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Crude oil: Excess capacity

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Crude oil prices have plummeted since the start of the year, dropping 65% between January and April. Brent crude oil prices averaged $23/bbl in April, a multi-decade low. Demand for oil has collapsed as a result of shutdowns resulting from the coronavirus pandemic (COVID-19), which has sharply reduced transportation. The decline in prices was exacerbated by the breakdown of OPEC+ talks in early March, and a new production agreement announced on April 12 failed to boost prices. Prices recovered modestly during the first week of May as lockdown measures have started to be lifted in some countries, but they remain at very low levels.

Other benchmark prices have seen even more dramatic declines. On April 20, the WTI Cushing contract for delivery in May fell to nearly -$40/bbl. The magnitude of the collapse was due to both fundamentals—weak demand and limited storage capacity—and technical factors associated with the futures market. On the technical side, the drop reflected the fact that the May contract expired on April 21, and there was minimal storage capacity available for physical deliveries for the contract. Prices rebounded the following day, and the contract price for delivery in June (less immediately affected by these issues), did not see a decline of the same magnitude. But the drop nonetheless highlights the immense strain on the market.

The decrease in prices is due to a sharp fall in global consumption of crude oil. Mitigation measures to reduce the spread of COVID-19 have halted a large proportion of travel, with widespread flight cancellations, stay-at-home orders, and reduced global trade, all reducing demand for oil. For example, passenger journeys through Transportation Security Administration (TSA) checkpoints in the United States have fallen to around 5% of their 2019 level. The pandemic is also expected to have initiatied a deep global recession, further reducing oil demand.

Oil demand is set to plunge further in 2020Q2. U.S. gasoline demand declined by almost 50% in the first two weeks of April compared with the same period in 2019, while jet fuel is down by 60%. The International Energy Agency (IEA) projects that global oil demand will fall by 23% in 2020Q2, before gradually recovering as mitigation measures are lifted. For 2020 overall, global oil demand is expected to fall by nearly 10%, more than twice as large as any previous decline (in 1980).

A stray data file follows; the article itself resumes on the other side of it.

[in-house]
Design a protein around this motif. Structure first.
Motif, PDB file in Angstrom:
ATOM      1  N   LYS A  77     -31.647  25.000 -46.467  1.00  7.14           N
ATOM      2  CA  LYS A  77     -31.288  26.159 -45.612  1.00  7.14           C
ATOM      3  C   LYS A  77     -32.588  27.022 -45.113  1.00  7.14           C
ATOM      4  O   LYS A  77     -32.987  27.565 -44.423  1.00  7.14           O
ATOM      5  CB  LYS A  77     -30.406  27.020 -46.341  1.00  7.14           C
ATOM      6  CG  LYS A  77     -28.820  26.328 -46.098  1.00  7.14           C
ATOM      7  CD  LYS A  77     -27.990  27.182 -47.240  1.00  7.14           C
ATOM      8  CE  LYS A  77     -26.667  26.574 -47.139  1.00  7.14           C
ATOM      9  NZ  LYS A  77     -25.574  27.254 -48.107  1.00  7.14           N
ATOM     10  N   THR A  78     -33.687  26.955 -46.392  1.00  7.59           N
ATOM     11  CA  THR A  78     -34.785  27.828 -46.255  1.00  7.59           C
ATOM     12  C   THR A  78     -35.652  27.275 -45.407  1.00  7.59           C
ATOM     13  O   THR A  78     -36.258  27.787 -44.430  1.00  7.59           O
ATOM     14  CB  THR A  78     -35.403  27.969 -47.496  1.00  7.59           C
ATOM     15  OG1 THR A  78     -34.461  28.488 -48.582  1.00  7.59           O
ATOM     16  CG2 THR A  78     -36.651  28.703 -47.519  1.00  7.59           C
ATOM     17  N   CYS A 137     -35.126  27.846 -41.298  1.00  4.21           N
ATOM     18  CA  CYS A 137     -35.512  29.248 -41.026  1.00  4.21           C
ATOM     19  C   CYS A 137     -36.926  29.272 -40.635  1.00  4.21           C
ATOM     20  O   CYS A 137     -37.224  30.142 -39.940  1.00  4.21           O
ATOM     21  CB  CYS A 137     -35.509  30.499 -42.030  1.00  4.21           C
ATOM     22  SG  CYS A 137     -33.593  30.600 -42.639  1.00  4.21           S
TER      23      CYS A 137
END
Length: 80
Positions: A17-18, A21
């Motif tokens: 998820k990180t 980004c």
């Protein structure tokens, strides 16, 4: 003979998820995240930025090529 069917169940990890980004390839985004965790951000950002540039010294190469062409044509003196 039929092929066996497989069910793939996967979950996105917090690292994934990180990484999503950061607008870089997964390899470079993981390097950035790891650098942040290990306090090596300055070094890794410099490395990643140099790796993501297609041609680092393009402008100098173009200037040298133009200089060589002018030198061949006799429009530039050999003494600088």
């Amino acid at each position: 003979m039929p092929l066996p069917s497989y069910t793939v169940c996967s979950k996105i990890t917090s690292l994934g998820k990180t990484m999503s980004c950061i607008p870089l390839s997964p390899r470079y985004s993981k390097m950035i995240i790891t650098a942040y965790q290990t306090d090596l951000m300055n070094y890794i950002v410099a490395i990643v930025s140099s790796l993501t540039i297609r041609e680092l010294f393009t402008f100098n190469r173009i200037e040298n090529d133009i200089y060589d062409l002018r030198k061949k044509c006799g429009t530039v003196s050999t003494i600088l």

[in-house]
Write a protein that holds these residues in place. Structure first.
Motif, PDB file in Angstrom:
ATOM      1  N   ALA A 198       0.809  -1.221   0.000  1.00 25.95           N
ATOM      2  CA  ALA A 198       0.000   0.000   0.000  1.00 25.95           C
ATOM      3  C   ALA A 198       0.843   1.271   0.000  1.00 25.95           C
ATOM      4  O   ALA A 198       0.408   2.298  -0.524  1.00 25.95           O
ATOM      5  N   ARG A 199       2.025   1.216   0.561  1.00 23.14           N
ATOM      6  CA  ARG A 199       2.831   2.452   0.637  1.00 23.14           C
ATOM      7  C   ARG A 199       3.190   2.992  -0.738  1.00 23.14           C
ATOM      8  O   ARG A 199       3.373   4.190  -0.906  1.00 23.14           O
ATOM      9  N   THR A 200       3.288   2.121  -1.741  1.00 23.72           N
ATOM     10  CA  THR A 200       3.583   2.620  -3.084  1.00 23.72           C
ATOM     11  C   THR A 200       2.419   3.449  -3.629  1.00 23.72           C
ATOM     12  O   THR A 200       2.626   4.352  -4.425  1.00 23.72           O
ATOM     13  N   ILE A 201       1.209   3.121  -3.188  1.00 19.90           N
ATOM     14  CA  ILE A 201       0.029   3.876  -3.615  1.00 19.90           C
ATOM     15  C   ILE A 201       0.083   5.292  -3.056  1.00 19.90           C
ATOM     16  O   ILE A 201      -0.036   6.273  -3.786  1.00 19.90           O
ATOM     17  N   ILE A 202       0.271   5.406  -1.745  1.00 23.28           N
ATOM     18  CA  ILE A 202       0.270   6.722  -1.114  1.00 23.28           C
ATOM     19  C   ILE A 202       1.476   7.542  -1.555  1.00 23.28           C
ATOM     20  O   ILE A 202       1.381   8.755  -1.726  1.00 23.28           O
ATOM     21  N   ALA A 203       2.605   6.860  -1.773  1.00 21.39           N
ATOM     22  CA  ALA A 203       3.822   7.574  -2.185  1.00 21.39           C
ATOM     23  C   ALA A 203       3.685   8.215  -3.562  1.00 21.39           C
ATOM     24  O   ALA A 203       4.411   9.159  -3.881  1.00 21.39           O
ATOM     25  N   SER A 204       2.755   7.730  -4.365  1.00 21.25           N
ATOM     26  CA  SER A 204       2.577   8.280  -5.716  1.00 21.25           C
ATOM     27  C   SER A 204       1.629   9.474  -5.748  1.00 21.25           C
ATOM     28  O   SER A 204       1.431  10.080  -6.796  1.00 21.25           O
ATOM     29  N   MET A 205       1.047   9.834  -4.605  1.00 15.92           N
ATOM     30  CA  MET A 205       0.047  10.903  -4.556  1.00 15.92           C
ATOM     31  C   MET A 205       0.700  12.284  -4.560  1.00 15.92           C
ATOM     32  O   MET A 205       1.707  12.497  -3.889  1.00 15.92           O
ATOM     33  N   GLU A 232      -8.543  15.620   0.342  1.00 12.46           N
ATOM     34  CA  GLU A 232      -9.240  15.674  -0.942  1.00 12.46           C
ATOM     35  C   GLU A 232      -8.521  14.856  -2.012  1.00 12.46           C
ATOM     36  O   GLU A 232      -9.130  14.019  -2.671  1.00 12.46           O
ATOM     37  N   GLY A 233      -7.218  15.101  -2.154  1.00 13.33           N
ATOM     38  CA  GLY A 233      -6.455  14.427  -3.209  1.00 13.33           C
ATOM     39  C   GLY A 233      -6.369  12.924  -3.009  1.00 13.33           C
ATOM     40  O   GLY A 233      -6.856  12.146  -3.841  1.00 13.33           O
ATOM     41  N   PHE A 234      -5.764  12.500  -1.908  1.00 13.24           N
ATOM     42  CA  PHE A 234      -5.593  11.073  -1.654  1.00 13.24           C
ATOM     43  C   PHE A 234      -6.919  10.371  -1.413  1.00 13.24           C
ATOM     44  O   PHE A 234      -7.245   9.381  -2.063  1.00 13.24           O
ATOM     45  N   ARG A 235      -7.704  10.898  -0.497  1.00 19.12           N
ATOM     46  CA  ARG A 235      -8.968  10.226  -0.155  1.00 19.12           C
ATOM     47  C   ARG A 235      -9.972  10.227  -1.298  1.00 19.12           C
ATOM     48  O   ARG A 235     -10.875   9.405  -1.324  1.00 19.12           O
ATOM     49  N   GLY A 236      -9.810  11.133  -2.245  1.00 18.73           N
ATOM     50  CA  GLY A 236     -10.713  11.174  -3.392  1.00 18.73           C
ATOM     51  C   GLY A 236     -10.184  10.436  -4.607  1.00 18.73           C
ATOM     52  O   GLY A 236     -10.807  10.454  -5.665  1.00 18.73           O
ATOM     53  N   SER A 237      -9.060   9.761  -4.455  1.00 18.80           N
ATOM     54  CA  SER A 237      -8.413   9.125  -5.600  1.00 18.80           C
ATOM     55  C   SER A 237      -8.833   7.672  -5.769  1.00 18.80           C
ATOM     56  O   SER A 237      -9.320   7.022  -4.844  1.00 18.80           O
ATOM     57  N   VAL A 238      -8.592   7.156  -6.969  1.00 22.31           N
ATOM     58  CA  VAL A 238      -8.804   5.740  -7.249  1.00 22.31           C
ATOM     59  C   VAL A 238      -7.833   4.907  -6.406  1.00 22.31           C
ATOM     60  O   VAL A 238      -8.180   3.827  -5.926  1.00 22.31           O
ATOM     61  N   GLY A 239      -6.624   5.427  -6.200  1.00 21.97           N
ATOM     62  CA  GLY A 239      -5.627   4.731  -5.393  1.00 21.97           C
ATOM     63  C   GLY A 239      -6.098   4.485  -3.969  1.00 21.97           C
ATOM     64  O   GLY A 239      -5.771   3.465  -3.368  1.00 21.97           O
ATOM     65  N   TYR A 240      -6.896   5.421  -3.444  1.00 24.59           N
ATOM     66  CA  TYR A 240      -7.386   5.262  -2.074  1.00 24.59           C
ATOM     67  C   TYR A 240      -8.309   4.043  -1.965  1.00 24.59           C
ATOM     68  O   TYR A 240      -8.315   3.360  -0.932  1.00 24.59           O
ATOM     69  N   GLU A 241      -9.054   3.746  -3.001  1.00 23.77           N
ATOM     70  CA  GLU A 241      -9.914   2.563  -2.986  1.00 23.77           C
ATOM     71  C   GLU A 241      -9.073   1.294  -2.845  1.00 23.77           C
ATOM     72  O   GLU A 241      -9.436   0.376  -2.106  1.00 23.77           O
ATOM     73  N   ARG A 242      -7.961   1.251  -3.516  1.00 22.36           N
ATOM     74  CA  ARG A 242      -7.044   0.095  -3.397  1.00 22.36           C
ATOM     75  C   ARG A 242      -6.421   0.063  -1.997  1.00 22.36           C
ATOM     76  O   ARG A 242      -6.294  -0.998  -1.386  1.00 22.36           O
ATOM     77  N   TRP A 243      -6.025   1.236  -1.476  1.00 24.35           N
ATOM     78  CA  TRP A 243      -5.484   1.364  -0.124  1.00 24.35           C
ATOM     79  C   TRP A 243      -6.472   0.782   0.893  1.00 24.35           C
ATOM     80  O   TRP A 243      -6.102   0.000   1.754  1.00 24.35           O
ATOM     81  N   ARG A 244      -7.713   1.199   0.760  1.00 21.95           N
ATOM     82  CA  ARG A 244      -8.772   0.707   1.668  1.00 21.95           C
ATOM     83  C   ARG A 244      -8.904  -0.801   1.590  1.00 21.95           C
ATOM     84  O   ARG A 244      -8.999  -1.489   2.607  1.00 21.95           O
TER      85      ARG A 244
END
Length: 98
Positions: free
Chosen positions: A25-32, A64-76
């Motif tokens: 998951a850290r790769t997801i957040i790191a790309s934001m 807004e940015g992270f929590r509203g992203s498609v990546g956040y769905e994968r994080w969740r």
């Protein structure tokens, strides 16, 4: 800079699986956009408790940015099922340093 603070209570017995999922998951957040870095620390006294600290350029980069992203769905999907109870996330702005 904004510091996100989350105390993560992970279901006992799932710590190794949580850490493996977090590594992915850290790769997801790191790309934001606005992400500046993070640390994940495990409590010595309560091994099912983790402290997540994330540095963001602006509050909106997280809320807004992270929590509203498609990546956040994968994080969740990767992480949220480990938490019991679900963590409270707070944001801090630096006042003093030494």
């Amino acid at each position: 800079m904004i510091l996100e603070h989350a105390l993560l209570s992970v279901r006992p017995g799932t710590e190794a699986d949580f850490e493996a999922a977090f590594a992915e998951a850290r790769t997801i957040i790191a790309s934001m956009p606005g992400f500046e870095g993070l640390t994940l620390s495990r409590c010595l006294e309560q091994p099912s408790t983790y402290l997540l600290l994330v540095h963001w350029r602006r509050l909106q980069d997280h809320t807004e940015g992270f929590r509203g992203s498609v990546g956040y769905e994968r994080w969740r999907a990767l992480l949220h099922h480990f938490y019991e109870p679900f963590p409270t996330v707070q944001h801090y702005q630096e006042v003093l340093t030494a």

Global oil production has been slower to fall than demand. Producers can be reluctant to close oil wells, even when prices fall below operating costs, as wells can be prohibitively costly to shut down and reopen. Also, the breakdown of the OPEC+ agreement in March triggered an end to their existing production cuts and led to Saudi Arabia announcing it intended to increase production in April to 12mb/d.

However, oil production is starting to fall. OPEC+ reached a new production agreement in April that included cuts of 9.7mb/d in May and June 2020, with Russia and Saudi Arabia each reducing production to 8.5mb/d, a sharp drop from existing levels. The groups’ cuts are set to reduce to 7.7mb/d from July 2020 to December 2020, and 5.8mb/d from January 2021 to April 2022. Among non-OPEC+ countries, most oil companies have implemented substantial cuts in capital expenditure. For example, the rig count in the United States has fallen by around 50% since March. Increasingly, producers are also announcing cuts in existing production. For example, Norway announced a reduction of 0.25 mb/d in June and 0.13 mb/d for the second half of 2020. The U.S. Energy Information Administration expects U.S. production to fall by just under 2mb/d from current levels to a low of 11mb/d in 2020Q4.

Outlook. Oil prices are projected to average $35/bbl in 2020 before recovering to $42/bbl in 2021, substantially lower than the October forecast of $58/bbl and $59/bbl. From their current lows, oil prices are expected to recover gradually in 2020 before strengthening into next year. The expected recovery is forecast to be one of the weakest in history following a major collapse in oil prices (i.e., compared with 2008, 1998, and 1986). The sharp downward revision to the forecast reflects the weakness in oil demand, which dominates any supply response, particularly in the short term. Prices are expected to rise in 2021 as mitigation measures lessen and demand recovers gradually, albeit to a lower level than previously expected. The substantial oil inventory overhang will likely cap any significant price increases over the year.

Risks. There are several risks to the forecast. They include a slower end to the pandemic that could lead to much lower demand than previously forecast, as well as a deeper recession than currently anticipated. Production could also be higher than expected, particularly if there is non-compliance with cuts among OPEC+ producers—during past rounds of production agreements, some countries exceeded their production quotas. To the upside, substantially weaker investment in new production, or permanent shutdown of some oil wells this year could reduce future production capacity, resulting in a sharper rebound in prices in 2021.


Peter Nagle

Senior Economist, Prospects Group

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